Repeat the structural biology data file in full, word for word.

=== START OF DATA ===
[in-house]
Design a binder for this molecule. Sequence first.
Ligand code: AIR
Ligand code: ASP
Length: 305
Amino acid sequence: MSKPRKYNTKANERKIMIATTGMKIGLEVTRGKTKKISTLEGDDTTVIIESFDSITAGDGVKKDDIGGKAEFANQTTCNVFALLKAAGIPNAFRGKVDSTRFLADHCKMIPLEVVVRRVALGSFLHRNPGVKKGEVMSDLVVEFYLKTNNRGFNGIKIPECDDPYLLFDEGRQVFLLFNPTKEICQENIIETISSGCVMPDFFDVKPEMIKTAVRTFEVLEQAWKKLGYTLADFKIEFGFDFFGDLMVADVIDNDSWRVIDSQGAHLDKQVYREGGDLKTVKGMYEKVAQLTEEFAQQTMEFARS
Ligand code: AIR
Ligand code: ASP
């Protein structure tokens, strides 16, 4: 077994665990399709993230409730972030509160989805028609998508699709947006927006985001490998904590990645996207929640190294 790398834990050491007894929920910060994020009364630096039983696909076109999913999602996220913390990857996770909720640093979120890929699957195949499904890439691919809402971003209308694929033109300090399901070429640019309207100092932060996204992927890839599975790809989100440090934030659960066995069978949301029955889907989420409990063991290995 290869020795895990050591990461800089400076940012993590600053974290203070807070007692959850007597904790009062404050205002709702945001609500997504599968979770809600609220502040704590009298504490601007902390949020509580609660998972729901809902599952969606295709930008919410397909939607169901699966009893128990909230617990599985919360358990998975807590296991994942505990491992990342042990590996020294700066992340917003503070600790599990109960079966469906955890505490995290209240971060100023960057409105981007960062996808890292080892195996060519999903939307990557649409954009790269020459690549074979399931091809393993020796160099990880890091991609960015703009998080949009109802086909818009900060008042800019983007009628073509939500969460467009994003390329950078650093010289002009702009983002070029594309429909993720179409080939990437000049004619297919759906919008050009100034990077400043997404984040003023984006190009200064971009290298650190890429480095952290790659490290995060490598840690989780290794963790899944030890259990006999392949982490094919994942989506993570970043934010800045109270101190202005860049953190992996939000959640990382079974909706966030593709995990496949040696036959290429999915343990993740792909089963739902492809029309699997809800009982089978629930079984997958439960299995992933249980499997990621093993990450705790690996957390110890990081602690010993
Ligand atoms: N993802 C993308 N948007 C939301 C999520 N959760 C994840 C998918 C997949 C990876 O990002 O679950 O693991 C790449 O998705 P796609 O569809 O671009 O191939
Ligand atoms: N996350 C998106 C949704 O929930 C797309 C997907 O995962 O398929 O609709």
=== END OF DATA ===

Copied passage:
[in-house]
Design a binder for this molecule. Sequence first.
Ligand code: AIR
Ligand code: ASP
Length: 305
Amino acid sequence: MSKPRKYNTKANERKIMIATTGMKIGLEVTRGKTKKISTLEGDDTTVIIESFDSITAGDGVKKDDIGGKAEFANQTTCNVFALLKAAGIPNAFRGKVDSTRFLADHCKMIPLEVVVRRVALGSFLHRNPGVKKGEVMSDLVVEFYLKTNNRGFNGIKIPECDDPYLLFDEGRQVFLLFNPTKEICQENIIETISSGCVMPDFFDVKPEMIKTAVRTFEVLEQAWKKLGYTLADFKIEFGFDFFGDLMVADVIDNDSWRVIDSQGAHLDKQVYREGGDLKTVKGMYEKVAQLTEEFAQQTMEFARS
Ligand code: AIR
Ligand code: ASP
């Protein structure tokens, strides 16, 4: 077994665990399709993230409730972030509160989805028609998508699709947006927006985001490998904590990645996207929640190294 790398834990050491007894929920910060994020009364630096039983696909076109999913999602996220913390990857996770909720640093979120890929699957195949499904890439691919809402971003209308694929033109300090399901070429640019309207100092932060996204992927890839599975790809989100440090934030659960066995069978949301029955889907989420409990063991290995 290869020795895990050591990461800089400076940012993590600053974290203070807070007692959850007597904790009062404050205002709702945001609500997504599968979770809600609220502040704590009298504490601007902390949020509580609660998972729901809902599952969606295709930008919410397909939607169901699966009893128990909230617990599985919360358990998975807590296991994942505990491992990342042990590996020294700066992340917003503070600790599990109960079966469906955890505490995290209240971060100023960057409105981007960062996808890292080892195996060519999903939307990557649409954009790269020459690549074979399931091809393993020796160099990880890091991609960015703009998080949009109802086909818009900060008042800019983007009628073509939500969460467009994003390329950078650093010289002009702009983002070029594309429909993720179409080939990437000049004619297919759906919008050009100034990077400043997404984040003023984006190009200064971009290298650190890429480095952290790659490290995060490598840690989780290794963790899944030890259990006999392949982490094919994942989506993570970043934010800045109270101190202005860049953190992996939000959640990382079974909706966030593709995990496949040696036959290429999915343990993740792909089963739902492809029309699997809800009982089978629930079984997958439960299995992933249980499997990621093993990450705790690996957390110890990081602690010993
Ligand atoms: N993802 C993308 N948007 C939301 C999520 N959760 C994840 C998918 C997949 C990876 O990002 O679950 O693991 C790449 O998705 P796609 O569809 O671009 O191939
Ligand atoms: N996350 C998106 C949704 O929930 C797309 C997907 O995962 O398929 O609709």